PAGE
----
Men and family planning in Bangladesh: a multilevel approach using DHS data
Mohammad Amirul Islam, University of Southampton
Sabu S. Padmadas, University of Southampton
Peter W.F. Smith, University of Southampton
This article investigates men’s attitudes and behaviour towards family planning (FP) in Bangladesh and further explores the associated determinants using the 1999-2000 DHS data. Attitudes are measured in terms of inter-spousal communication and subsequent approval of FP whereas behaviour is addressed in terms of current method choices and use. Using the couple dataset, two-level random intercept logistic models were used to identify the determinants of men’s FP attitudes and behaviour. Descriptive analyses indicate that despite high FP approval rates among men, only about 10% use male-based methods. Nearly 50% of men seem to have never talked FP with their spouses. Random effects were significant in the regression model which suggests that men’s FP values and attitudes vary across communities. Inter-correlations between FP attitudes and behaviour were also established in the regression analysis. The results highlight the need for appropriate community-level interventions to improve men’s involvement in FP processes.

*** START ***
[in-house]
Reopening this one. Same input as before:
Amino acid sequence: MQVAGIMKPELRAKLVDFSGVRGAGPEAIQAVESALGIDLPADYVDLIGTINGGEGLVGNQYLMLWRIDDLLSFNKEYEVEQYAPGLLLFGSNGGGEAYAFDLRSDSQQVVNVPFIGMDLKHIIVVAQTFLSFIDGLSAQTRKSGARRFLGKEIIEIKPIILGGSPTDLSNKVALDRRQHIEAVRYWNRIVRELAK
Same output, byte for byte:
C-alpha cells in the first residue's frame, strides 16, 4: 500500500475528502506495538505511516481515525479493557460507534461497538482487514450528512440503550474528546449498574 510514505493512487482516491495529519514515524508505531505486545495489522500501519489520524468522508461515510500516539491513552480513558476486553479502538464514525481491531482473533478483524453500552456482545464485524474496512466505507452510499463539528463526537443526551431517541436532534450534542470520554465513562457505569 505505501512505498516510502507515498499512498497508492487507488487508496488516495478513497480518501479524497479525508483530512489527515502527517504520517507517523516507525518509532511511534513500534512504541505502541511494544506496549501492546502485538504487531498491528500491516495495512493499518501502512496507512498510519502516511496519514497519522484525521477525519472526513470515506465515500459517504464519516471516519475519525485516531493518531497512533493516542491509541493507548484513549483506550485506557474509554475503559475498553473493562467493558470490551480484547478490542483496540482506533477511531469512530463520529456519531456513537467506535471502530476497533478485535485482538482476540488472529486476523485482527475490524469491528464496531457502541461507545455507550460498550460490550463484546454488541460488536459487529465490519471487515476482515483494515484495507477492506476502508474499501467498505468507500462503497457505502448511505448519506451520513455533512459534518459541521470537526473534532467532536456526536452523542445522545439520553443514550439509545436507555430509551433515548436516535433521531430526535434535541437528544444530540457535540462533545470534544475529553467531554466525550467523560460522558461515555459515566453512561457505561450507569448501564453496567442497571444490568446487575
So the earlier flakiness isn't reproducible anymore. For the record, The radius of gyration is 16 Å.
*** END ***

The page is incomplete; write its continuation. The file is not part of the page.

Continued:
Presented in Session 166: Male sexuality and contraception